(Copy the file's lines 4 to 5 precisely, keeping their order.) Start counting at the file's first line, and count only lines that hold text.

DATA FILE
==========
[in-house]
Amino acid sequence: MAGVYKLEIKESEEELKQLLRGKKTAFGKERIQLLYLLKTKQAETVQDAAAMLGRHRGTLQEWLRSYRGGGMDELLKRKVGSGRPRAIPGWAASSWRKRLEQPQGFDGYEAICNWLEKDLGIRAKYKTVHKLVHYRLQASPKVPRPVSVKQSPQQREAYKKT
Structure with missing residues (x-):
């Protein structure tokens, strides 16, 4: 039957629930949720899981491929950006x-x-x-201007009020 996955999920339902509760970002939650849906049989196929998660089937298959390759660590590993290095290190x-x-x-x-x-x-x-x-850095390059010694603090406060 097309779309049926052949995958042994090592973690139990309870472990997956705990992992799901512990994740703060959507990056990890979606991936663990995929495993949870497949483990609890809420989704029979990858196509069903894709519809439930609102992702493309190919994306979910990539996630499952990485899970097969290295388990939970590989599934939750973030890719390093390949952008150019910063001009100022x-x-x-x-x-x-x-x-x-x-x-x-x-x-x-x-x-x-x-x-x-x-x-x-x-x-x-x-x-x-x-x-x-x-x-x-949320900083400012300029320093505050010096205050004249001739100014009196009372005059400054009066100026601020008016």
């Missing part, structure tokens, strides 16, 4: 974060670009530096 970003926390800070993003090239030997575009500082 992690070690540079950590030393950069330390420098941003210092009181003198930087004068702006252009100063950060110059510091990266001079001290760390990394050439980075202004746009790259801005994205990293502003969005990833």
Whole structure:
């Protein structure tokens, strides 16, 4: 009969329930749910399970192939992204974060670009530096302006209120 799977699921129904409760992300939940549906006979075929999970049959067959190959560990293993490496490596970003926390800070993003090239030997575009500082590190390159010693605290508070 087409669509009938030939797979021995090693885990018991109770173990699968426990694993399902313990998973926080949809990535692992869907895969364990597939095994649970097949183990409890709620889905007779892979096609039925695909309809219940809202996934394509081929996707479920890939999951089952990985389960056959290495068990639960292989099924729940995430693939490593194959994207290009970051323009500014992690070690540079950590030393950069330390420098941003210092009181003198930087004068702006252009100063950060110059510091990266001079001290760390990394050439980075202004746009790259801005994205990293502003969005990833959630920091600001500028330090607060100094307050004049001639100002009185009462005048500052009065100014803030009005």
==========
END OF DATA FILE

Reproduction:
């Protein structure tokens, strides 16, 4: 039957629930949720899981491929950006x-x-x-201007009020 996955999920339902509760970002939650849906049989196929998660089937298959390759660590590993290095290190x-x-x-x-x-x-x-x-850095390059010694603090406060 097309779309049926052949995958042994090592973690139990309870472990997956705990992992799901512990994740703060959507990056990890979606991936663990995929495993949870497949483990609890809420989704029979990858196509069903894709519809439930609102992702493309190919994306979910990539996630499952990485899970097969290295388990939970590989599934939750973030890719390093390949952008150019910063001009100022x-x-x-x-x-x-x-x-x-x-x-x-x-x-x-x-x-x-x-x-x-x-x-x-x-x-x-x-x-x-x-x-x-x-x-x-949320900083400012300029320093505050010096205050004249001739100014009196009372005059400054009066100026601020008016």
């Missing part, structure tokens, strides 16, 4: 974060670009530096 970003926390800070993003090239030997575009500082 992690070690540079950590030393950069330390420098941003210092009181003198930087004068702006252009100063950060110059510091990266001079001290760390990394050439980075202004746009790259801005994205990293502003969005990833």